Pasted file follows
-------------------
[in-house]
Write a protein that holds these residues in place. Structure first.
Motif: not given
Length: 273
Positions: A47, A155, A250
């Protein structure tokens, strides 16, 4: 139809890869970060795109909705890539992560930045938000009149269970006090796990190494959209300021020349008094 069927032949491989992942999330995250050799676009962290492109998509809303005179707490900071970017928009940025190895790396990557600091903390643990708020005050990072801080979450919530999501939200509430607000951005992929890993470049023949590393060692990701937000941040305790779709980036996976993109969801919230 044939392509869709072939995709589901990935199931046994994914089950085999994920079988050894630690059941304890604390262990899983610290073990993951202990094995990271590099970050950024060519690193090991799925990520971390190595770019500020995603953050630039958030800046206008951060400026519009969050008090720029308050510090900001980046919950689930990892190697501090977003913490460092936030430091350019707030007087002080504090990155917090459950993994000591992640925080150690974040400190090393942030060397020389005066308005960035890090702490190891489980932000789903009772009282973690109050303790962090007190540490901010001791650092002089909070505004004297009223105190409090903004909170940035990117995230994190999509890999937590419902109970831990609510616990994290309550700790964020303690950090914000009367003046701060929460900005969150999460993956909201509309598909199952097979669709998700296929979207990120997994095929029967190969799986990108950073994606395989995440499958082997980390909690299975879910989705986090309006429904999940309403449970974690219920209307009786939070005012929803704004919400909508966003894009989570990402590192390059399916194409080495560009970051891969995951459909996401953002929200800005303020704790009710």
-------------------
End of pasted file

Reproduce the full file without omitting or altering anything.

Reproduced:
[in-house]
Write a protein that holds these residues in place. Structure first.
Motif: not given
Length: 273
Positions: A47, A155, A250
């Protein structure tokens, strides 16, 4: 139809890869970060795109909705890539992560930045938000009149269970006090796990190494959209300021020349008094 069927032949491989992942999330995250050799676009962290492109998509809303005179707490900071970017928009940025190895790396990557600091903390643990708020005050990072801080979450919530999501939200509430607000951005992929890993470049023949590393060692990701937000941040305790779709980036996976993109969801919230 044939392509869709072939995709589901990935199931046994994914089950085999994920079988050894630690059941304890604390262990899983610290073990993951202990094995990271590099970050950024060519690193090991799925990520971390190595770019500020995603953050630039958030800046206008951060400026519009969050008090720029308050510090900001980046919950689930990892190697501090977003913490460092936030430091350019707030007087002080504090990155917090459950993994000591992640925080150690974040400190090393942030060397020389005066308005960035890090702490190891489980932000789903009772009282973690109050303790962090007190540490901010001791650092002089909070505004004297009223105190409090903004909170940035990117995230994190999509890999937590419902109970831990609510616990994290309550700790964020303690950090914000009367003046701060929460900005969150999460993956909201509309598909199952097979669709998700296929979207990120997994095929029967190969799986990108950073994606395989995440499958082997980390909690299975879910989705986090309006429904999940309403449970974690219920209307009786939070005012929803704004919400909508966003894009989570990402590192390059399916194409080495560009970051891969995951459909996401953002929200800005303020704790009710």